Wishful Drinking

I’ve always loved a good celebrity biography.  Even better are the autobiographies, in which you not only get the good wishful-drinking_lstuff, you get the good stuff in (mostly) the author’s own words.  I’ve read some good ones and some not-so-good ones.  The best celebrity biography I’ve ever read HANDS DOWN was Anne Murray’s – which is going to get its own blog post some day.  Carrie Fisher’s , sadly, lands in the not-so-good pile.

If someone forced me to say what I liked best about Carrie Fisher’s book of anecdotes from her life, I’d have to say it’s the cover.  A drunk Princess Leia, likely at the poshest gay bar on Alderaan, is the stroke of a genius.  I also think the title is mildly amusing, especially considering Fisher’s well-known battles with substance abuse over the years.  But as they say, you should never judge a book by its cover.  The cover is really as good as it gets.

I think the thing that bugged me most about this book is that it is really a memoir by the very loosest of definitions.  One of my biggest complaints about celebrity bios is that we always have to suffer through the part before they were famous, especially their childhood.  Usually, I’m just there for the good stuff and 99% of the time, the good stuff does not happen in their childhood.  But the thing is, the early years is where the groundwork gets laid, where you start to make a connection to both the celebrity and to their cast of characters.  Fisher eschews this almost completely, jumping right in to the middle of her life and then cherry picking after that.  As a result, I never felt like I formed a connection with her and consequently, I ended up liking her less than I thought I would have.  Before I started reading the book, I really had no opinion of her.  Afterwards, I was kind of backing away slowly.  That being said, I do admire the way that she wears her bipolar diagnosis on her shirt sleeve.  The only way that the stigma of mental illness will ever lessen is by talking about it, and man, does she ever.  She talks about her addictions, her famous parents – Debbie Reynolds and Eddie Fisher.  At one point, she talks about how she had a chance to become another Liza Minnelli and in a way, she did because she did marry a gay man.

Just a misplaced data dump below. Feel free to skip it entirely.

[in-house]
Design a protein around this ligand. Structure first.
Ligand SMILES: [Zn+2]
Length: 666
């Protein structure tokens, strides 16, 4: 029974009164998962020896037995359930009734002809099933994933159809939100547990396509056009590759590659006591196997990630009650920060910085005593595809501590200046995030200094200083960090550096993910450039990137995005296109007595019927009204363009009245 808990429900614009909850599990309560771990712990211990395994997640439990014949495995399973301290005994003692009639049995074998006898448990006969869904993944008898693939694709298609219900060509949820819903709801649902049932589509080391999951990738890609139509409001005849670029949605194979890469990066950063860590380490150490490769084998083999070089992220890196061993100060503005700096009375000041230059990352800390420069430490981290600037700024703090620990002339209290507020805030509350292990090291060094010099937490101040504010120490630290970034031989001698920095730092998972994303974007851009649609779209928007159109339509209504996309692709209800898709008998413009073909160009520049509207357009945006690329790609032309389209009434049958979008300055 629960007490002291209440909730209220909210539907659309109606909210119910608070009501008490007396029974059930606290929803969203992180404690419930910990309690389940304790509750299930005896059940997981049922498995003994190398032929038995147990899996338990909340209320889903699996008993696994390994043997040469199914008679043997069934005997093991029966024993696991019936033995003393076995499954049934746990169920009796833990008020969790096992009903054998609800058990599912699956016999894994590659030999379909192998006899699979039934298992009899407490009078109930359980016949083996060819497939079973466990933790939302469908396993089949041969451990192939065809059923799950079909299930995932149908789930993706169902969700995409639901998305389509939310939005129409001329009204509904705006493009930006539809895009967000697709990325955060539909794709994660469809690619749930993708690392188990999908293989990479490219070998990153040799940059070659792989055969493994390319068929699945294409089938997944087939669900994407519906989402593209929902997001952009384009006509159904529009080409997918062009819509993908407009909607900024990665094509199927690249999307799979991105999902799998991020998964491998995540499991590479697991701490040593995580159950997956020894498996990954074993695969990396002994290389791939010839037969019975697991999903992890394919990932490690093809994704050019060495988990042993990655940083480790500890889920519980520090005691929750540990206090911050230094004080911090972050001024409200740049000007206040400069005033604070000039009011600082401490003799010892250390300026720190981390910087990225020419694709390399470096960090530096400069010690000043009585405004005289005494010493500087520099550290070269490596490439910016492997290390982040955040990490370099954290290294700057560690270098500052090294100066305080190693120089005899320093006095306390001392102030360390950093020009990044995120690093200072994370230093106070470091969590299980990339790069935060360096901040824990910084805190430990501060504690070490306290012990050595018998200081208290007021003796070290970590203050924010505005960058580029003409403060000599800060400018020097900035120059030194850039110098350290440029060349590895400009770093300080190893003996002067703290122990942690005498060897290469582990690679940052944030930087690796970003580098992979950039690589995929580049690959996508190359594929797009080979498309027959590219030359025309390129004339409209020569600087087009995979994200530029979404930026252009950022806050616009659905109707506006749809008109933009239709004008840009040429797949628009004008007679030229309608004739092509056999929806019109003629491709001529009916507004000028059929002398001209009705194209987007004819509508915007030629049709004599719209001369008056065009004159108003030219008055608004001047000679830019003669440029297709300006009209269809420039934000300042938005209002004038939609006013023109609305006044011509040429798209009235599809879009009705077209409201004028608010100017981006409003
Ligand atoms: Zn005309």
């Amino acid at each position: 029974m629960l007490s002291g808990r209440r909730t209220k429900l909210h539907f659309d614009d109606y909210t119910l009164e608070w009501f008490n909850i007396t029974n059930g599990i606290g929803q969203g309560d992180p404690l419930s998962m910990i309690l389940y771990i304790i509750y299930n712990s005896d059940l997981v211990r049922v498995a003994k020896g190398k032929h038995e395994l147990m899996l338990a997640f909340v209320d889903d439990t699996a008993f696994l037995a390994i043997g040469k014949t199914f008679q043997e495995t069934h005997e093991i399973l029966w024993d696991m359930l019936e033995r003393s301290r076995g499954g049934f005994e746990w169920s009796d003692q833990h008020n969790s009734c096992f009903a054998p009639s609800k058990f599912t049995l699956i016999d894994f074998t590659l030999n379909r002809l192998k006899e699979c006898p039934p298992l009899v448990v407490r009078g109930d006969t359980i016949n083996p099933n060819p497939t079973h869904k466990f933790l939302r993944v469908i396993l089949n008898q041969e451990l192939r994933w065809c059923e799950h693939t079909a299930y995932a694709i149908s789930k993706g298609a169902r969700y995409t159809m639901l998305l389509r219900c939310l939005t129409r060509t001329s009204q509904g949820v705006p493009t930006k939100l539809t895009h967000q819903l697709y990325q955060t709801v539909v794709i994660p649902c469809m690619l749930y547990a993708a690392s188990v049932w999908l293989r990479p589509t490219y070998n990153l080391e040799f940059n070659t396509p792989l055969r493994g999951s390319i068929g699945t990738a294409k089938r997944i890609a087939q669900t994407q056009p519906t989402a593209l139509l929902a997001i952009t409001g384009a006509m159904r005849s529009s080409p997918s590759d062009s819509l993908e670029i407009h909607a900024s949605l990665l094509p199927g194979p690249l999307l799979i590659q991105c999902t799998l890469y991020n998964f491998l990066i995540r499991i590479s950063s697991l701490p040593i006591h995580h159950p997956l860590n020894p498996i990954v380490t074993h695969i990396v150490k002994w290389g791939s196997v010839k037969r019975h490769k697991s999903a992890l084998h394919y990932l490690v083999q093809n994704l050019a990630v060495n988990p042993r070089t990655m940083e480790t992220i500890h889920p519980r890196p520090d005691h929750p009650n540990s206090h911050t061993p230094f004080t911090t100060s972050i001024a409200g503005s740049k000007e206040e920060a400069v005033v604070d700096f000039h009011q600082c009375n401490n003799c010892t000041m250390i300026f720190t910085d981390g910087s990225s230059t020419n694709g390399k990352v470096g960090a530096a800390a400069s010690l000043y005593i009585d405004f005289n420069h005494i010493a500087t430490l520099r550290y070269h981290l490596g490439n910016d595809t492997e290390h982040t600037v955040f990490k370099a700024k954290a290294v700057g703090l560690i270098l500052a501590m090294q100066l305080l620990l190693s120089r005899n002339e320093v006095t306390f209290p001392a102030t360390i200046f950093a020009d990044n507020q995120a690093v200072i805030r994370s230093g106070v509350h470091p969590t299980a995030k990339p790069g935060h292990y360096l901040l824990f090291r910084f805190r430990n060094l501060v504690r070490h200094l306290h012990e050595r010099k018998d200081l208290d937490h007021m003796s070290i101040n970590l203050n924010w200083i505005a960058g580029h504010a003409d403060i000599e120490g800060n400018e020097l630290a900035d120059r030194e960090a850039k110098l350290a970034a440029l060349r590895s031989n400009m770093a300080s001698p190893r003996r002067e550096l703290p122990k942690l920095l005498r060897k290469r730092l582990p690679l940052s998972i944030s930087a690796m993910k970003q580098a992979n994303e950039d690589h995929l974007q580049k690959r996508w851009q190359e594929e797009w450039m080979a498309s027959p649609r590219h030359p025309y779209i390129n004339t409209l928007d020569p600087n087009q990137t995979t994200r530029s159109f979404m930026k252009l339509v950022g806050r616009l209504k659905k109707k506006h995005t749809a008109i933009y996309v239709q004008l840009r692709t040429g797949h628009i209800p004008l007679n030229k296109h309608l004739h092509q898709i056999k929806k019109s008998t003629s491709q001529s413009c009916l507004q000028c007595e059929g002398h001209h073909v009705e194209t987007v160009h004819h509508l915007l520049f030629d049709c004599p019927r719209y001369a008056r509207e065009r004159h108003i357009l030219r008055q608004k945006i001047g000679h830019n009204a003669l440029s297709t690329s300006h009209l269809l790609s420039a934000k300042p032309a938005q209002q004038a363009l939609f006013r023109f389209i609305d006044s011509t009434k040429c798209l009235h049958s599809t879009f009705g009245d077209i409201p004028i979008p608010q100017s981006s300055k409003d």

Another thing I disliked about the book was its writing style.  The book is adapted from Fisher’s one woman show of the same name, and you can tell.  Much like books made from blog posts, Wishful Drinking seems like it completely skipped the editor on its way to the publisher.  She writes in a conversational tone which I suppose since it’s her book she can write it however she wants, but I found it annoying after about 50 pages.  Eventually, I really wanting to tell her to stop talking already.  The good thing is that, at 156 pages with copious amounts of white space on the page, it took all of two and a half minutes to read.

It’s too bad because I really wanted to like this book.  I hoped that it might have some good stories from the set of the Star Wars movies, but alas, it did not.  It did mention a movie she did with Chevy Chase called Under The Rainbow which I hadn’t thought about in 30 years.  Truthfully, I’d rather rewatch that film than reread this book.

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One Response to Wishful Drinking

  1. Rachel says:

    Not trying to defend the book by any means, but isn’t it the second in the series? That might account for the missing childhood section.

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